WASHINGTON — In 2011, the Environmental Protection Agency agreed to delay the imposition of its greenhouse gas standard on biomass power plants for three years.
Now, with the grace period set to expire on July 1, the federal agency has yet to give much indication of what, if any, adjustments it has made to its standards for emissions generated by biomass, the broad category that includes organic waste from trees, plants and other sources.
“EPA is undertaking a detailed examination of the science associated with biogenic (carbon dioxide) emissions from stationary sources, including engaging with federal partners, technical experts, and an independent Science Advisory Board (SAB) to consider technical issues,” an EPA spokesperson said recently in response to a request for an update. “At this stage, EPA is considering the recommendations made by the SAB to determine next steps.”
Oregon’s congressional delegation pushed for the delay in 2011, in part because at the time two biomass-fueled power plants were in the planning stages for Central Oregon.
Biogreen Sustainable Energy Co., of St. Helens, secured a permit for a 20-megawatt facility in La Pine, but that project has yet to materialize. Last year, Biogreen president Rob Broberg told The Bulletin that the energy market had changed the financial calculus around the project, and any action was likely years away.
Attempts to reach Broberg for this story were unsuccessful.
A 35-megawatt plant in Warm Springs was also under consideration, but that project didn’t advance past the analysis stage, said Matt Krumenauer, a senior policy analyst with the Oregon Department of Energy.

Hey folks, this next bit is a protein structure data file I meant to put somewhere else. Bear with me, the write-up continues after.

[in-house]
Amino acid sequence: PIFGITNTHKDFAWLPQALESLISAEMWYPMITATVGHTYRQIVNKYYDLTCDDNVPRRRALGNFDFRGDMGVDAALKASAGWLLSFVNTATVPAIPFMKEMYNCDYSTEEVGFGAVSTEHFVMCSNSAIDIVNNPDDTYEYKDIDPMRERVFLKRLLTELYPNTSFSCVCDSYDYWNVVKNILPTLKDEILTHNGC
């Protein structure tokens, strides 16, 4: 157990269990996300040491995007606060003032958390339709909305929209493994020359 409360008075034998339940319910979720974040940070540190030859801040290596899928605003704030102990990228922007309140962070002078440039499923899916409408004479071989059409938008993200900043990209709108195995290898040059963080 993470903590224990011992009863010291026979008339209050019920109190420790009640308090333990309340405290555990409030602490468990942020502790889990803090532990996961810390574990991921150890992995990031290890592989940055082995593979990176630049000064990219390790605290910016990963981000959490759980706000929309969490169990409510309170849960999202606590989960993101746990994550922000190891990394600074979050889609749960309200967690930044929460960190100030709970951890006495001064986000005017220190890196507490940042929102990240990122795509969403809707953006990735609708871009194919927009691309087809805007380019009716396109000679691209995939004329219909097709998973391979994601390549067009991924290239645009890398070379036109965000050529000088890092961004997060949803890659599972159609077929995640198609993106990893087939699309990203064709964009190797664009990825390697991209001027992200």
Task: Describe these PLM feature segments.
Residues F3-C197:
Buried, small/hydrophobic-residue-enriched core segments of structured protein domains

For large-scale biomass projects, a lot depends on the price developers can secure from the power companies that would buy their energy, he said.
“If they’re not able to secure a contract with a price that’s favorable enough, they’re unable to get financing,” he said.
In recent years, the natural gas boom has driven down the cost of energy, which makes it harder for biomass projects to remain financially viable.
In addition, the demand for renewable energy has changed since the EPA announced its delay, he said. Notably, California has readjusted its renewable portfolio standard to put more emphasis on projects based in California, he said.
Biopower is now a $10 billion a year industry, and 80 facilities in 20 states generate 15 million megawatt hours each year, according to the Biomass Power Association. Unlike fossil fuels, plants grow back and capture additional carbon, making biomass “carbon neutral,” the association emphasizes.
But even as renewable energy accounts for a larger share of America’s energy production, biomass output has remained relatively flat. In 2003, wood produced 9.5 million megawatt hours, according to the U.S. Energy Information Administration. A decade later, it had grown to 12.2 million megawatt hours.
By contrast, wind production grew from 11.1 million megawatt hours to 167.6 million megawatt hours over the same period.
Biomass development in Oregon has shifted to smaller projects, such as boilers in schools, hospitals and other public buildings, Krumenauer said. Traditionally, Oregon’s lumber and paper mills could use the slash from logging to heat their kilns and generate electricity, he said.
With a new facility in John Day, Malheur Lumber Company produces biomass bricks which it is able to market locally, thereby diversifying its business, he said.
One client, Blue Mountain Hospital, was able to save $100,000 on energy costs each year by using Malheur’s bricks, he said.
“Even though those are small projects,” they can have significant impacts, Krumenauer said. “We still think they are little gems that we could see more of, especially in our rural areas.”
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